Lawyer: Arson victim left in debt, out of work

2 March, 1990 (~estimated)

Lawyer: Arson victim left in debt, out of work

By Patti Wiesser
Staff Writer

The American Diner’s charred remains are a parody of its once shining exterior. Gritty soot —replacing the nouvelle cuisine and embellished diner fare the Nassau Street establishment had gained a reputation for — now graces the inlaid-Formica tabletops.

The Saturday before last, waiters served the final meals out of the diner’s kitchen, and then the restaurant’s doors were locked. About 24 hours later, someone set fire to the restaurant in more than one spot in the vicinity of the kitchen yet there was no sign of forced entry, according to Mercer County Prosecutor Paul T. Koenig Jr.

As a result of the arson, more than just° the diner’s wares and employment for its 11 employees went up in smoke. The blaze also ravaged an attached 150-year-old building, destroying three other businesses and five apartments. The clump of buildings gutted by the flames are owned by Princeton University.

Princeton attorney Kim Otis, who is representing diner part-owner Nicholas Azzollini, said of the arson, “The only comment is that Nick is shocked and very distressed and is really flabbergasted and has absolutely no idea who could have done this. But he sure as hell wants to know.”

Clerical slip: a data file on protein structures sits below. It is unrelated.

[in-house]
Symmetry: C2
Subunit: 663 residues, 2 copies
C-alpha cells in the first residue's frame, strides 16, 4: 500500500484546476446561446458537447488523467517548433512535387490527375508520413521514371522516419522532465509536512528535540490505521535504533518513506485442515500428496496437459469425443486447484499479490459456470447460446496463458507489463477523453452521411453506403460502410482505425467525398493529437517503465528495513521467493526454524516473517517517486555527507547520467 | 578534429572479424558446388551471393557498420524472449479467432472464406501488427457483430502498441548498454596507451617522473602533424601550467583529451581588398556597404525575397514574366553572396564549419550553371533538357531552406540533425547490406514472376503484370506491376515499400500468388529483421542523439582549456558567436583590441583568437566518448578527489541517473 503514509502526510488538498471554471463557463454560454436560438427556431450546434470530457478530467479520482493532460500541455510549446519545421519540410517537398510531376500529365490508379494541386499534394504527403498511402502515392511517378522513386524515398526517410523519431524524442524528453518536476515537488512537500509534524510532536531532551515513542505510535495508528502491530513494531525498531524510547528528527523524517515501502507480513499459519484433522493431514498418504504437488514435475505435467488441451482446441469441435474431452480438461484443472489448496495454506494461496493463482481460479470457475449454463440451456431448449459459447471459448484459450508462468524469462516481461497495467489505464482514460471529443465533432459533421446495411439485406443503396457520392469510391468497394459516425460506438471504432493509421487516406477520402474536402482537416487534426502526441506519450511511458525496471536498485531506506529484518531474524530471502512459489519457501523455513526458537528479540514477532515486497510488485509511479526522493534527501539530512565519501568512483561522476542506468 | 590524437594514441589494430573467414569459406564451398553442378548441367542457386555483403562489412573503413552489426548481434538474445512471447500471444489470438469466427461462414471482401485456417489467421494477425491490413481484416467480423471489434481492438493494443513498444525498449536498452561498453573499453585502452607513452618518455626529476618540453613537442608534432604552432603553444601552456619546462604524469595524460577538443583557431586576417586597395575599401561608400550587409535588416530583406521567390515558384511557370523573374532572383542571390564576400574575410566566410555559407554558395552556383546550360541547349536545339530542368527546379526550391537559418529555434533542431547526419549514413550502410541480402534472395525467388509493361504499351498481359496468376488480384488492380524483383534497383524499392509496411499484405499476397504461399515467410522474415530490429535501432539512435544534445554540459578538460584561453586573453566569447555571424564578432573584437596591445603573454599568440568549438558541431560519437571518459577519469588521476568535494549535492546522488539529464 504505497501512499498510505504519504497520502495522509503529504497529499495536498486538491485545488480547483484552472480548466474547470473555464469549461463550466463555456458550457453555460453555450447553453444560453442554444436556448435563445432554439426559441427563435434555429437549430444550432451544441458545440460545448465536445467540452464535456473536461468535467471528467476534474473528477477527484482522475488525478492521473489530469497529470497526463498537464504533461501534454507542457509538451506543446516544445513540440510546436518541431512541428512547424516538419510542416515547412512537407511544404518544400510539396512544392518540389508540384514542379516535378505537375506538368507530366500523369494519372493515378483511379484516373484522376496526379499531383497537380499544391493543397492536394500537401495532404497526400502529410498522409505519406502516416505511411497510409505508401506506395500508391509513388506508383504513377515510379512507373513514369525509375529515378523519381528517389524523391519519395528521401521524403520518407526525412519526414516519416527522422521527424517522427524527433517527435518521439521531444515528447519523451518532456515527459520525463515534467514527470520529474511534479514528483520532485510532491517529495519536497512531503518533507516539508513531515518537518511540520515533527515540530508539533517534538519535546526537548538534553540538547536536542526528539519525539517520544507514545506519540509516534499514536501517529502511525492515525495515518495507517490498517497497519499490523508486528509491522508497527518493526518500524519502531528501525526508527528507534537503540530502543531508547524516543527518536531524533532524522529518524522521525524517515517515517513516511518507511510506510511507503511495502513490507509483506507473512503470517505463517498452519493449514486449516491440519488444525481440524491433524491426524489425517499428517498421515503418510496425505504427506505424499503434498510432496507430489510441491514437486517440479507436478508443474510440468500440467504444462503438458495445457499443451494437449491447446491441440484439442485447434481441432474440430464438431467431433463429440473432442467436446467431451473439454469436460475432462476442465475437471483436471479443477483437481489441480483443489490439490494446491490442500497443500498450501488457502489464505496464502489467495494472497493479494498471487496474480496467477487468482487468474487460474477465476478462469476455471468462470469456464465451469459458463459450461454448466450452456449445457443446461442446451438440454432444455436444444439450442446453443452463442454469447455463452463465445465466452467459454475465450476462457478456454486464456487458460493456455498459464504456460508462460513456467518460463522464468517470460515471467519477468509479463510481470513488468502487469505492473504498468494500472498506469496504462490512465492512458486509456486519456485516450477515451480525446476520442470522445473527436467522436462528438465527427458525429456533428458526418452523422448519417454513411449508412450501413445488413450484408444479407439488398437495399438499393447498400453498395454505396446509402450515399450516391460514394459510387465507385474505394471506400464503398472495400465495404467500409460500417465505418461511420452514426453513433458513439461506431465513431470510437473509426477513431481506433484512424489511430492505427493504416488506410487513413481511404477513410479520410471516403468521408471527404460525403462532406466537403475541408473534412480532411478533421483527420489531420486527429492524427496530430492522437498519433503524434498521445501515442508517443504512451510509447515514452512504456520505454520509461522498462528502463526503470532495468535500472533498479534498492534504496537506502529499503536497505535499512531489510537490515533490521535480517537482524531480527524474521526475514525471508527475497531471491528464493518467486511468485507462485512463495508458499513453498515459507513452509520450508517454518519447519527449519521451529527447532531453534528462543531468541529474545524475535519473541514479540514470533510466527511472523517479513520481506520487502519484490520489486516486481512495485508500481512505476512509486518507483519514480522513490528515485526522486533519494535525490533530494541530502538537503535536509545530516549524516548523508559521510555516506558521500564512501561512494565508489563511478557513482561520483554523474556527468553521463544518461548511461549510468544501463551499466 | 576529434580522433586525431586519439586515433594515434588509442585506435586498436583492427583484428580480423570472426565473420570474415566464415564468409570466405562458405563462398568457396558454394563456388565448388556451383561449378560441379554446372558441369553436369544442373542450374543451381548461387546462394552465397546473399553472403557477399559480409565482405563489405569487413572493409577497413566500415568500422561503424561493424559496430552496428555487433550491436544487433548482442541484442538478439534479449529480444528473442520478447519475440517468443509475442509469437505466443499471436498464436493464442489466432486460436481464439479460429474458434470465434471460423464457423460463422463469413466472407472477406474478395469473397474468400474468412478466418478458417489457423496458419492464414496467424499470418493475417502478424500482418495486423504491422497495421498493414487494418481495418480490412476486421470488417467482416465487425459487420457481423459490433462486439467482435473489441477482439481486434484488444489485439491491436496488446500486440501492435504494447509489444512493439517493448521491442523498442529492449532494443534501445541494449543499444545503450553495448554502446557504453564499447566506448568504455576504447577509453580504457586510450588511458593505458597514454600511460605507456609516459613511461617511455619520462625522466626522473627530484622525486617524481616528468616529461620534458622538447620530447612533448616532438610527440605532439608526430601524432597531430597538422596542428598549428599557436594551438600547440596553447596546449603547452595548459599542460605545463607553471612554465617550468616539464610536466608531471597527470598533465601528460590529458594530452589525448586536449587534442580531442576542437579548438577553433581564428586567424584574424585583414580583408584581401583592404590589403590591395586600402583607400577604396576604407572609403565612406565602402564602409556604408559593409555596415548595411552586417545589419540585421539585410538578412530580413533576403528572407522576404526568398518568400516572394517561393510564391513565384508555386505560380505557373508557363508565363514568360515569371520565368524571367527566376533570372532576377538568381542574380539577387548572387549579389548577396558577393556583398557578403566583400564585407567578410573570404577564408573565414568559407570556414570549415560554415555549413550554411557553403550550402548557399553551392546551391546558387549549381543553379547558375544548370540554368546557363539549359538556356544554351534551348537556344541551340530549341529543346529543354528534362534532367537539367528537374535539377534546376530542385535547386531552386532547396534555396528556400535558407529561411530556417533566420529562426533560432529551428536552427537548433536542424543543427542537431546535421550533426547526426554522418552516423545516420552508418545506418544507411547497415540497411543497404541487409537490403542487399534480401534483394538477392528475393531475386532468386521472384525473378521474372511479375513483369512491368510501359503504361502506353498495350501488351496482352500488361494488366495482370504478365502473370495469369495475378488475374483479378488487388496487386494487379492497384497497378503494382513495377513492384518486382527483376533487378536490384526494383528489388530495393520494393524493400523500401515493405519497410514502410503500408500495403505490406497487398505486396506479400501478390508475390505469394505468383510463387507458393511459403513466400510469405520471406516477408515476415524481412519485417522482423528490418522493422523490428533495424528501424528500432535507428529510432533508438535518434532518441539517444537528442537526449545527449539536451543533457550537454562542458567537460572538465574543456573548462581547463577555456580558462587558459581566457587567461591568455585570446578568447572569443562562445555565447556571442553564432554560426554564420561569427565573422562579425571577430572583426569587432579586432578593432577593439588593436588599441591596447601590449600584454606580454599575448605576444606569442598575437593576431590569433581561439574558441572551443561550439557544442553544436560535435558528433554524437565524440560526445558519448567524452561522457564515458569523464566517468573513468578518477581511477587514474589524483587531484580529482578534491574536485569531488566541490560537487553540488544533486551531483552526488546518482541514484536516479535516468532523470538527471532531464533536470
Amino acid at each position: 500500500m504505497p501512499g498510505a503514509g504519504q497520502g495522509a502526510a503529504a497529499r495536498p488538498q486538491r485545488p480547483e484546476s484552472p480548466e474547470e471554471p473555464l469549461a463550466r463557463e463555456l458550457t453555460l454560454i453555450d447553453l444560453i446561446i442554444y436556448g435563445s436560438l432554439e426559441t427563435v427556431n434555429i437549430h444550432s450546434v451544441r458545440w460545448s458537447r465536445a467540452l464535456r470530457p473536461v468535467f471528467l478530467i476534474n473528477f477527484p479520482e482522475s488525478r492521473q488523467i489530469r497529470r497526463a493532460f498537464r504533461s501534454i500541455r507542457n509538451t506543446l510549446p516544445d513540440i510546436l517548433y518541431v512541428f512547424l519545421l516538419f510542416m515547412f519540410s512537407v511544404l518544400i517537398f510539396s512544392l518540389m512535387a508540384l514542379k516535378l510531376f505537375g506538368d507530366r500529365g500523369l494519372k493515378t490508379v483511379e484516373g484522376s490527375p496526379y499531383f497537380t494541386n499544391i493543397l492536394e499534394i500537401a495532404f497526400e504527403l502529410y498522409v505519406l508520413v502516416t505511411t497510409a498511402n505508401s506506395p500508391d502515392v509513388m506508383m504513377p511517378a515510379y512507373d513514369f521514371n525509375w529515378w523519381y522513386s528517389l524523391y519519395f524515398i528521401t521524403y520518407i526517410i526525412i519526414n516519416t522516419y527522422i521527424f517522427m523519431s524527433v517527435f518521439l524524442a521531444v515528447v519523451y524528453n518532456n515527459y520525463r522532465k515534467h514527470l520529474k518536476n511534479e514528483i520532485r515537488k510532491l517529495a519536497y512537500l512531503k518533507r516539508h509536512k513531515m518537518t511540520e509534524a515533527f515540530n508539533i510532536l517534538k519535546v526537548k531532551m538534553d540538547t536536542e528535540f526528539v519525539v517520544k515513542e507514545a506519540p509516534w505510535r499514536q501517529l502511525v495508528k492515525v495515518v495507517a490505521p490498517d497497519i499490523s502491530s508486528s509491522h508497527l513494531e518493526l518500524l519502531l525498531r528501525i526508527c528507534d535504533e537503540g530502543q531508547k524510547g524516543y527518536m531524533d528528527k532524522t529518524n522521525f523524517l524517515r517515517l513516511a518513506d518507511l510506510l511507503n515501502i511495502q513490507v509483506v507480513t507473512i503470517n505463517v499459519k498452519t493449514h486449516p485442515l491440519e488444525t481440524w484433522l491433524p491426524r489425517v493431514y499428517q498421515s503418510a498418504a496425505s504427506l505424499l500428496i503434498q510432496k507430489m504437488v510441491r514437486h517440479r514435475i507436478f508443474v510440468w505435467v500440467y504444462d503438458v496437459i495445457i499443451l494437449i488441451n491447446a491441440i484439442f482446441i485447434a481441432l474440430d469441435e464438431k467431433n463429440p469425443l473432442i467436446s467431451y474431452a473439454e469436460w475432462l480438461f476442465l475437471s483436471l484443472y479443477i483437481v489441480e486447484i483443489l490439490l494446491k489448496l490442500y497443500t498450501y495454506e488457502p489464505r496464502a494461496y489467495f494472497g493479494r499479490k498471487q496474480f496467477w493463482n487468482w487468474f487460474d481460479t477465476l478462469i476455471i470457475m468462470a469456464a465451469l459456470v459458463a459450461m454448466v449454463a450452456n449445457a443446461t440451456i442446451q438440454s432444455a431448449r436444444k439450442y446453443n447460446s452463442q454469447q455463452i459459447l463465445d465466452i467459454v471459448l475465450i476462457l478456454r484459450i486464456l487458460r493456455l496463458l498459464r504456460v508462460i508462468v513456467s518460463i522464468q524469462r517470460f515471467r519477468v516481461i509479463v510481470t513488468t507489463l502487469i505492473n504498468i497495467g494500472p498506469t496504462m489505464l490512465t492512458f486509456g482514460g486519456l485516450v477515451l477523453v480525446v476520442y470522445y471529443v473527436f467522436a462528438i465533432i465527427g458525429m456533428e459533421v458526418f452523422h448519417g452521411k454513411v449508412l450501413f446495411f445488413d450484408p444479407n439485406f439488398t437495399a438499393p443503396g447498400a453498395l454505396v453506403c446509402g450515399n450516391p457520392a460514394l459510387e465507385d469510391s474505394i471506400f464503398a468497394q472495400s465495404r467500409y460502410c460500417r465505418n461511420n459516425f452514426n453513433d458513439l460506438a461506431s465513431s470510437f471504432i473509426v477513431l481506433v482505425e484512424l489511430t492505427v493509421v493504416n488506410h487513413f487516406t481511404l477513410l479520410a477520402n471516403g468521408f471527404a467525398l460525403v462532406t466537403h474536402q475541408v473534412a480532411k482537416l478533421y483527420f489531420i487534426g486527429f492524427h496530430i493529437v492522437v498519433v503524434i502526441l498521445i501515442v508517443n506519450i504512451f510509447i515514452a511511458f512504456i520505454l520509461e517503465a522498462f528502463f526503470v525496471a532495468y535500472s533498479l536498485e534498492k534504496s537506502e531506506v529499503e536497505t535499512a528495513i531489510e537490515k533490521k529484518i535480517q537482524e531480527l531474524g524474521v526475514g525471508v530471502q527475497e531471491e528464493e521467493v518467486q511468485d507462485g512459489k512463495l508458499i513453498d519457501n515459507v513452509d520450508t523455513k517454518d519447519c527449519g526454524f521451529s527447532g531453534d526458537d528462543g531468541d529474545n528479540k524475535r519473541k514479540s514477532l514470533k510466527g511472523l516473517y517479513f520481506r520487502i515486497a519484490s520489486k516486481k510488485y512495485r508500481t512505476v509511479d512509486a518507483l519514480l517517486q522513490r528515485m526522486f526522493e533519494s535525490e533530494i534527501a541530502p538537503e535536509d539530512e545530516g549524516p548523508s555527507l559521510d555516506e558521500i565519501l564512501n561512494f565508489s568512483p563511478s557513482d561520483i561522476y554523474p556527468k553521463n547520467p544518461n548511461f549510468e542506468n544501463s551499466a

Mr. Otis confirmed that his client was underinsured — Mr. Azzollini was only covered for equipment and for an interruption to his business.

When and if anyone is charged, he or she may be facing a stiffer penalty, according one legal source, who said it is a higher degree of crime when one sets fire to a place where persons are known to be.

Owned by Princeton University. the cluster of destroyed buildings at 179 and 183 had been leased to the individual business owners. While Zorba’s Grill appeared to be damaged by only smoke, the American Cafe, which is also known as the American Diner, was ruined by the fire.

“It’s terrible. It’s really devastating,” said Nicholas Azzollini, part-owner of the cafe. “Financially, I’m ruined because I was woefully underinsured.”

He said he cut back on insurance two years ago — a year after he purchased the establishment — and only has minimal coverage.

Mr. Azzollini’s partners include David Pardo and Eddie Antar. Mr. Antar, of Crazy Eddie’s fame, is currently being. sought by federal authorities for reportedly failing to show up this week for a U.S. District Court hearing. Crazy Eddie Inc. went bankrupt but Mr. Antar has been accused of hiding $52 million in a foreign bank account.

Mr. Azzollini, the operating partner of the trio, left for California Sunday — just hours before the destructive fire ravaged his one-story upscale diner. He said Mr. Pardo was out of the country when the fire hit. “He (Mr. Pardo) doesn’t know yet. I’ve been trying to call him,” said Mr. Azzollini.

For some of those affected by the fire, news that their businesses had -gone up in smoke at the hands of an arsonist intensified their regrets. Anger was tossed into the pot of disappointment, which melded sentimental attachment with out-and-out loss of income.

“To know you’ve lost what you’ve worked for for 10 years —that just gnaws away (at you),” said Mr. Block.

Mr. Wadsworth added, “That son of a gun that set it could’ve taken some lives. I hope to God they catch the person and when they do catch him, they prosecute him to the fullest.”

The structures could be rebuilt but someone risked taking human lives with the fire, he said.

Of the five residents who lived in four units above the businesses, two were evacuated during the fire while the other three were reportedly gone. A fifth dwelling was vacant.